Getting to know tankless water heaters

If you’re building a new house, or if it’s time to replace your old hot water tank, you may want to consider looking at a tankless water heater system. These are sometimes called “instantaneous” or “on-demand” water heaters. Instead of constantly heating water and storing it in a tank, these appliances heat up the water only as you need it. They have been common in Europe and Asia for years, but are still fairly new in North America.

How do you know if a tankless heater is right for you?

It’s important to know the pros and cons of a tankless hot water heater before deciding if one is right for your home. Some of the benefits are:

  • They last 5 to 10 years longer than tanks.
  • They’re compact and take up a lot less space.
  • You can save money on your power or gas bills.
  • You don’t have to worry about running out of hot water.

Tankless water heaters are, however, more expensive than a hot water tank; up to 3 times as much. They also tend to have a lot more working parts, which could mean more things could possibly go wrong. If you’re looking at an electric tankless water heater, you may need to hire an electrician to ensure you have the right voltage, amperage, and circuit breaker. If you’re looking at a gas model, venting is a concern.

What is a tankless water heater?

We’re all accustomed to seeing the big hot water tank, usually located in the basement. A tankless system looks quite different. They’re small and usually hang on a wall. They come in a couple of different varieties; you can get one that heats all the water for the entire house, or you can get smaller ones at the point of use, for instance, one under the kitchen sink, and one in the bathroom.

With the tank system, a great deal of energy is wasted keeping the water at a constant temperature. This is called “standby heat loss.” You can avoid this with a tankless system.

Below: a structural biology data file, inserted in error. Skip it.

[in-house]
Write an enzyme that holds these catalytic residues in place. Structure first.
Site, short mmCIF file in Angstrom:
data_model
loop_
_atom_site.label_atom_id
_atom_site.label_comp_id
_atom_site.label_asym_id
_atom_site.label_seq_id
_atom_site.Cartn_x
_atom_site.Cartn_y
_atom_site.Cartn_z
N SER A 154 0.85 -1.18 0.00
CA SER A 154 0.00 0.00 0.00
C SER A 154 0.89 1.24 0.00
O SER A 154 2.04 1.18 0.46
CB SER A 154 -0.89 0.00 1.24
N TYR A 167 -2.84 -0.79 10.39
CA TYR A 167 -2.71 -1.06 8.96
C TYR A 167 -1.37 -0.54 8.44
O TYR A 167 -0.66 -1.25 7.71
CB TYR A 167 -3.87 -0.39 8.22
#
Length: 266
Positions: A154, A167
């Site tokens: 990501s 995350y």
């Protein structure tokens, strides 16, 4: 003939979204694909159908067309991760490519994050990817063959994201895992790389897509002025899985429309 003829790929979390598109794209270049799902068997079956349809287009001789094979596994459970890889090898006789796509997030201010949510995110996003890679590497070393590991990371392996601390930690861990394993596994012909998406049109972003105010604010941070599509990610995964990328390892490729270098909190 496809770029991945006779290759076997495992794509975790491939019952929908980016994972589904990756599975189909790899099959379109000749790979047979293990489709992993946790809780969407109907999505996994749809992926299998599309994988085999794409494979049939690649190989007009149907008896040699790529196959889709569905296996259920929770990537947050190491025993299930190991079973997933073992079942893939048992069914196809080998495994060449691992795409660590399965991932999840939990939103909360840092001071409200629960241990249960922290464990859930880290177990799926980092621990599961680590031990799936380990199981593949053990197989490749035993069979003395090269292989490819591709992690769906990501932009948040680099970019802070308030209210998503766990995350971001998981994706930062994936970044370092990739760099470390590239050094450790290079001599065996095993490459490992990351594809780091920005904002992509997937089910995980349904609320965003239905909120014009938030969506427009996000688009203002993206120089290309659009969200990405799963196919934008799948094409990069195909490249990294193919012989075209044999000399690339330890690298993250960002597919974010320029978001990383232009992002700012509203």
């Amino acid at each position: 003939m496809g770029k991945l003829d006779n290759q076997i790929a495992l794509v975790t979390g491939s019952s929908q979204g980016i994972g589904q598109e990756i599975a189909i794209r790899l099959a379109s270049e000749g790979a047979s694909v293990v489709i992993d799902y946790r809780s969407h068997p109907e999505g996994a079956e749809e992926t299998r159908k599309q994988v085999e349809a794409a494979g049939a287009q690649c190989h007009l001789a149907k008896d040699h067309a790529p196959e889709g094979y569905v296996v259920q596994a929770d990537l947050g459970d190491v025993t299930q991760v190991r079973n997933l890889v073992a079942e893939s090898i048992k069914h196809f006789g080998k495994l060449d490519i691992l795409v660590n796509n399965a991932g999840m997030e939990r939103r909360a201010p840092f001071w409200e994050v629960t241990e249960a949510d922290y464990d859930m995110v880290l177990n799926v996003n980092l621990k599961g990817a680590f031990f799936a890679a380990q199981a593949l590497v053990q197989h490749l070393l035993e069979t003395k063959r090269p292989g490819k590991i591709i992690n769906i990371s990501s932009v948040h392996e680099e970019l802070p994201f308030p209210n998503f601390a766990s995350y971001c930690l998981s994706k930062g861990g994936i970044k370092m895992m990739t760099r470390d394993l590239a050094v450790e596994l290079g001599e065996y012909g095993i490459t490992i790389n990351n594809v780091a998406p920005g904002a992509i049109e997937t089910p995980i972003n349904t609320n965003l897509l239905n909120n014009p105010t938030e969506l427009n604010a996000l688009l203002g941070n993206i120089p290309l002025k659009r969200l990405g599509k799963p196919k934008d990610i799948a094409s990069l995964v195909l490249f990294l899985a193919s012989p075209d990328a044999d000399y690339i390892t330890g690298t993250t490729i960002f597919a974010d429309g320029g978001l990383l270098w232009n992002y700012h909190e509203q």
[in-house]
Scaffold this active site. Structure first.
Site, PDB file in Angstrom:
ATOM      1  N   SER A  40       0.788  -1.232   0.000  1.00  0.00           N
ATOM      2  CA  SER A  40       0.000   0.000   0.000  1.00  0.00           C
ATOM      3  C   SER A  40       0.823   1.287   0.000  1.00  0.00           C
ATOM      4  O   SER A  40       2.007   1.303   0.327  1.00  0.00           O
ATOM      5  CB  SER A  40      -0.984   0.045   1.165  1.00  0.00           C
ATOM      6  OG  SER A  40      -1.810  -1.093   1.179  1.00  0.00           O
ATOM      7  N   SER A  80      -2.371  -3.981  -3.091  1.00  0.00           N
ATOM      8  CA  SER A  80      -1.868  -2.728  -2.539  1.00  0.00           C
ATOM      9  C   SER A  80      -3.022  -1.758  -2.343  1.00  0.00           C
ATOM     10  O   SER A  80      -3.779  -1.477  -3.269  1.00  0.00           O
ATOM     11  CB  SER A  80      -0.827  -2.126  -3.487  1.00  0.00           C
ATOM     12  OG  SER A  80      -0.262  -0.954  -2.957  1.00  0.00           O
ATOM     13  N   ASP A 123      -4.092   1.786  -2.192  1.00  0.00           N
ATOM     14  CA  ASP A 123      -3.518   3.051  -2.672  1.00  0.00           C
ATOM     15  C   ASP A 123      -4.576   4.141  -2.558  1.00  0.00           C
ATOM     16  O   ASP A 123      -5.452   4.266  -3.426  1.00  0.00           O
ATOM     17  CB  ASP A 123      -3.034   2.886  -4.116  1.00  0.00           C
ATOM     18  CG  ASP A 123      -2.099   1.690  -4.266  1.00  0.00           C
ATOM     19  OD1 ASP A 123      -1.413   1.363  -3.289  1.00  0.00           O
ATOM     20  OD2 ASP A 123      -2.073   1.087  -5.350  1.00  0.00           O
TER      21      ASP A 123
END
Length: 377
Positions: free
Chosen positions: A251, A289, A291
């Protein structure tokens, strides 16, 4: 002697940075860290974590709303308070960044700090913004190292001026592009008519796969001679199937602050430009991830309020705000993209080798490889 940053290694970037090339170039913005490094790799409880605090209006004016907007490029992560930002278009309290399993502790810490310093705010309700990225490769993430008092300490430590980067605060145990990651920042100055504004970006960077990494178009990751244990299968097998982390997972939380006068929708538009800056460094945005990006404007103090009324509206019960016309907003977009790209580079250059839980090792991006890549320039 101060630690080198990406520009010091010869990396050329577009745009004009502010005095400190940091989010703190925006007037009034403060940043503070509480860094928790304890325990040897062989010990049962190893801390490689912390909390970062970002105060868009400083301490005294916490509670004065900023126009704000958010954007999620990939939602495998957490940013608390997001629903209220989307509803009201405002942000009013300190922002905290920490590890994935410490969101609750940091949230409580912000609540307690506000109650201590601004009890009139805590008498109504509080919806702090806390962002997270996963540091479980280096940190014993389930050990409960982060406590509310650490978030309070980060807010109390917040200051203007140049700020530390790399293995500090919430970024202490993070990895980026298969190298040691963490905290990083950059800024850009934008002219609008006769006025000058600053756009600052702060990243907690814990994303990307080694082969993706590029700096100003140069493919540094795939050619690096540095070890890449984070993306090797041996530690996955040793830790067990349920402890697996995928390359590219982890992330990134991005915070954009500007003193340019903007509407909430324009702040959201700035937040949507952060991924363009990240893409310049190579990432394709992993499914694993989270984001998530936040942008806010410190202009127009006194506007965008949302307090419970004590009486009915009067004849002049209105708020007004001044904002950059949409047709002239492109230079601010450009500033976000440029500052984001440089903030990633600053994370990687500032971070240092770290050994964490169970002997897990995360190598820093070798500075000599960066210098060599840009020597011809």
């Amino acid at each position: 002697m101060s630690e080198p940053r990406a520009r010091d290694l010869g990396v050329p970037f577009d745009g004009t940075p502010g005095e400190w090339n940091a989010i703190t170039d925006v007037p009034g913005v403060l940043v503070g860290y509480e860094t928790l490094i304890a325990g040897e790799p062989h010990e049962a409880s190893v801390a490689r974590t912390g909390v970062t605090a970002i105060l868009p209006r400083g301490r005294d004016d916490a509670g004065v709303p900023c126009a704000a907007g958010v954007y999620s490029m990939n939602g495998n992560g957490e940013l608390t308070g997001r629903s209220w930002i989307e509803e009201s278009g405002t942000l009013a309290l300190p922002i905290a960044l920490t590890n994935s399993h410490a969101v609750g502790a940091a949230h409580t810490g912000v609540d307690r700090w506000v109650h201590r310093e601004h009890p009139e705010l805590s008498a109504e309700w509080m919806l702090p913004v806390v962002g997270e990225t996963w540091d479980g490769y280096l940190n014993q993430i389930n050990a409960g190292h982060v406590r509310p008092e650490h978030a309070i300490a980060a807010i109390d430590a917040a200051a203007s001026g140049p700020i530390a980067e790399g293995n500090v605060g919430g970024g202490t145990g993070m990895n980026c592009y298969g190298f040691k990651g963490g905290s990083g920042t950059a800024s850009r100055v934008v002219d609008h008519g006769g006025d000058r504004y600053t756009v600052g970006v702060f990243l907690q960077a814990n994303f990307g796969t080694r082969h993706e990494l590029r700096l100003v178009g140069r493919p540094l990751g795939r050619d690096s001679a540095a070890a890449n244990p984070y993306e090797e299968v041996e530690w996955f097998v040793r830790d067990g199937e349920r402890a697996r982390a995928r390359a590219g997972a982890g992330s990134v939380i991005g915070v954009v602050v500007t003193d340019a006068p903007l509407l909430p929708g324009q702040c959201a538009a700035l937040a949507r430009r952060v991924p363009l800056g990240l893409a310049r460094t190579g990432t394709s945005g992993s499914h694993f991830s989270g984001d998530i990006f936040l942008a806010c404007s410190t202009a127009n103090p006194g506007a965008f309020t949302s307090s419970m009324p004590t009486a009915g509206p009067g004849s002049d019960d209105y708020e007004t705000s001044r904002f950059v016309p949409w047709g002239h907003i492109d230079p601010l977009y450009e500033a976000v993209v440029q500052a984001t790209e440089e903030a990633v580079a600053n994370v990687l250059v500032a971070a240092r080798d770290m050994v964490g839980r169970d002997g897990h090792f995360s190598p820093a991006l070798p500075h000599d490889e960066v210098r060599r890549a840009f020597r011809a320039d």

How does a tankless water heater work?

With a tankless system, the water is heated by a heat exchanger. It uses electric coils or a gas burner to heat the water. As soon as you turn on your hot water tap, the flow of water turns on the heat exchanger, and the water heats up to the temperature you’ve pre-selected. If you’re using a point-of-use system (the small one under the sink); you’ll get hot water immediately. If you’re using a whole house unit, there can be some lag time, as the hot water has to travel a further distance to the faucet.

Tankless heaters can be fueled by electricity, propane, or natural gas. It’s more common to see whole house models fired by gas, with point-of-use models using electricity.

Before you decide to go tankless, you’ll need to consider a few things:

  • Flow rate: How much hot water do you usually need? Do you have a large Jacuzzi tub, or several appliances that require hot water at the same time, such as a dishwasher or washing machine? Do you have more than one shower going at the same time?
  • Temperature rise: It may seem odd, but the climate where you live has a bearing on how difficult it is to heat the water. What you’re really doing is taking ground water, and heating it to the temperature you want. If you live in a cold climate, and the ground water temperature is very low, it will take longer, and will take more energy, to heat it to the desired temperature.
  • Fuel type: What type of fuel will you be using? If you want to heat the water for the whole house, you’ll probably need to use natural gas as a fuel. And you’ll need to ensure that you have an adequate gas supply, which could entail upgrading your gas lines. Electricity should only be used on a smaller heater, such as the point of use ones that fit under your kitchen or bathroom sinks.

The U.S. Department of Energy’s website has an infographic that lists some things to consider when deciding which type of water heater you want to install. And, if you decide to purchase, Tankless Reviews does a good job reviewing different options and prices.

What should you do when something goes wrong?

Here are some common issues with tankless hot water heaters and tips to resolve them:

  • Have no hot water: Check to make sure the unit is powered. There may be a red standby light. If it’s not on, a breaker may have tripped. If you reset the breaker, and it’s still not working, call a qualified technician.